With a degree in medieval literature from a classically-modeled school, Sayers is quite qualified to inform her audience regarding the structure of the classical/medieval model of education.
When I first read Dorothy Sayers's now-famous address, I was so moved by her wit, insight, and moxie that I became an instant fan. As readers, we are disarmed by her humor, impressed by her erudition, and convinced by her incisive criticism of a broken educational system.
I own and have read most of Sayers books. I love her. And so do lots of other folks, in particular those in the classical education movement who have rallied around her Lost Tools essay. Douglas Wilson wrote a whole book around it. Institutions have been erected on its ideas, and schools and groups have taken Sayers' name.
And thank God for the revival in classical liberal arts education that Sayers' essay helped bring about. Long live the trivium! Long live quadrivium!
We are indebted to Sayers for reminding us that the medieval model of education has something to teach us—not, as she says, that we should emulate it exactly, but that we should correct the modern educational error of straying away from the liberal arts. The seven liberal arts equip students with the tools of learning necessary for any field of study and for discernment in life in general.
Our society needs this reminder no less—and probably more—than at the time of Sayers's original presentation of "The Lost Tools of Learning" in 1947. Students do not need to acquire more and more technical facts and information; they need the learned habit of thinking critically and well. They need to know how to make distinctions, to define terms, to follow and evaluate an argument. They need the fine-tuned ability to discern good from bad, beauty from ugliness, truth from falsehood. And the seven liberal arts offer a framework for developing these human potentials. So Sayers reminds us.
But what would Sayers say to us today? In this age of information, we have access—at the click of a button or swipe of a finger—to a wealth of research, "best practices," and volumes of authors past and present, all of which can inform our educational choices.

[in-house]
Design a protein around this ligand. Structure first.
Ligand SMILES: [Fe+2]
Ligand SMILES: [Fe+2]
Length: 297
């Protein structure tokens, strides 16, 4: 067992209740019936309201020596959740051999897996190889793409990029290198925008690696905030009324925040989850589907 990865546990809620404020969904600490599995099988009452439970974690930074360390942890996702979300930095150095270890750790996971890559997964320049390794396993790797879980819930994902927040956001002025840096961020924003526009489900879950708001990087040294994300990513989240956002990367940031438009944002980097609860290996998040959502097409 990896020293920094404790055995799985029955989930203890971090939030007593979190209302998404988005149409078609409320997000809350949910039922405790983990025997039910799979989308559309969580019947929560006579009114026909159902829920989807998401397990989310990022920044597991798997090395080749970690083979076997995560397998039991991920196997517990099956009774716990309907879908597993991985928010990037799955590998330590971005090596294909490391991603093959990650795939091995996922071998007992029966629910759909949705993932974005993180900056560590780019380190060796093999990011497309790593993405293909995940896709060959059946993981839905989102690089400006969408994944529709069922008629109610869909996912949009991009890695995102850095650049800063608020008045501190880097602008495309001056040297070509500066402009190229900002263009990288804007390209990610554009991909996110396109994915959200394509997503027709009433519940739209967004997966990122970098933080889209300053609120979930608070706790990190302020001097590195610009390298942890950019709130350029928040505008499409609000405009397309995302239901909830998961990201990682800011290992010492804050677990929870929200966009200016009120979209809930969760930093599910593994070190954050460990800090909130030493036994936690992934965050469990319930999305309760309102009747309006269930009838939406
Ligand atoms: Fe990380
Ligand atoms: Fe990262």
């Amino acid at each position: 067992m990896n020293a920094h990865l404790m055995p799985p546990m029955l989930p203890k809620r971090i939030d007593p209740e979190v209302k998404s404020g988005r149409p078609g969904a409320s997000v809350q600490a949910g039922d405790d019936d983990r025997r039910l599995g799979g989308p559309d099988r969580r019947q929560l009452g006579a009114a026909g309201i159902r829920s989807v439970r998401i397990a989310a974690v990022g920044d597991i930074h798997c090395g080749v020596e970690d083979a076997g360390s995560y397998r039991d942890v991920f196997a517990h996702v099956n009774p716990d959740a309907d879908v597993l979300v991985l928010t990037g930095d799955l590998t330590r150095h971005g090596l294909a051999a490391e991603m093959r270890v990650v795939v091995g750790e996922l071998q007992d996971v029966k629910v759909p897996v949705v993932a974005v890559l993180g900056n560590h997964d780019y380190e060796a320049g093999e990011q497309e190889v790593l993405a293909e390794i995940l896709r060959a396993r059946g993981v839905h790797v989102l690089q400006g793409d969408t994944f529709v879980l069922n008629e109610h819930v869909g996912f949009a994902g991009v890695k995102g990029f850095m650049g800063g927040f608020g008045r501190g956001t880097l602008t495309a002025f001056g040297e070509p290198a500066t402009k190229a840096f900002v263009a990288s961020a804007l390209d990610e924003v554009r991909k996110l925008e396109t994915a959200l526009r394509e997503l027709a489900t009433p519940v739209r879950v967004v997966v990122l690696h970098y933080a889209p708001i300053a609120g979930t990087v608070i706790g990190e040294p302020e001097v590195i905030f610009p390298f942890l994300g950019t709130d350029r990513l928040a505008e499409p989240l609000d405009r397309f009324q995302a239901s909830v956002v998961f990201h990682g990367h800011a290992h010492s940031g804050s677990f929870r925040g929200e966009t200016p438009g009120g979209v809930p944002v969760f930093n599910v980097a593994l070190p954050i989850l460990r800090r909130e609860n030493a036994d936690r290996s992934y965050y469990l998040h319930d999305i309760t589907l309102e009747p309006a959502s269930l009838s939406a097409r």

If Sayers spoke to us today, I think she would urge us to see her "Lost Tools of Learning" address as an attempt to start a conversation and not necessarily as a definitive blue print for K-12 education.
Sayers is not the only eloquent thinker to highlight the benefits and features of a classical liberal arts education. And the habit of critical discernment which she recommends, demands that we, the readers, pause to evaluate the soundness and veracity of her own ideas. Entering into a critical dialog with the text of her address would be a sign that we have truly understood the principles she advances.
I am sure Sayers would be honored to see us filling out and finessing her "necessarily very sketchy suggestions" with insights from other thinkers. The banner-carrying classicists of the 1940's come to mind—Mortimer Adler, C.S. Lewis, and Jacques Maritain. Charlotte Mason is another strong advocate of a robust liberal arts education. Each of these thinkers and practitioners of the liberal arts offer unique insights into the ideal nature and structure of a classical liberal arts education.
How can we best synthesize the valuable insights from Sayer's "Lost Tools of Learning" essay with the complimentary insights from other liberal-arts-minded powerhouses of theory and practice?
[This post is the first in a series. The next is "Dorothy Sayers and Mortimer Adler in Conversation."]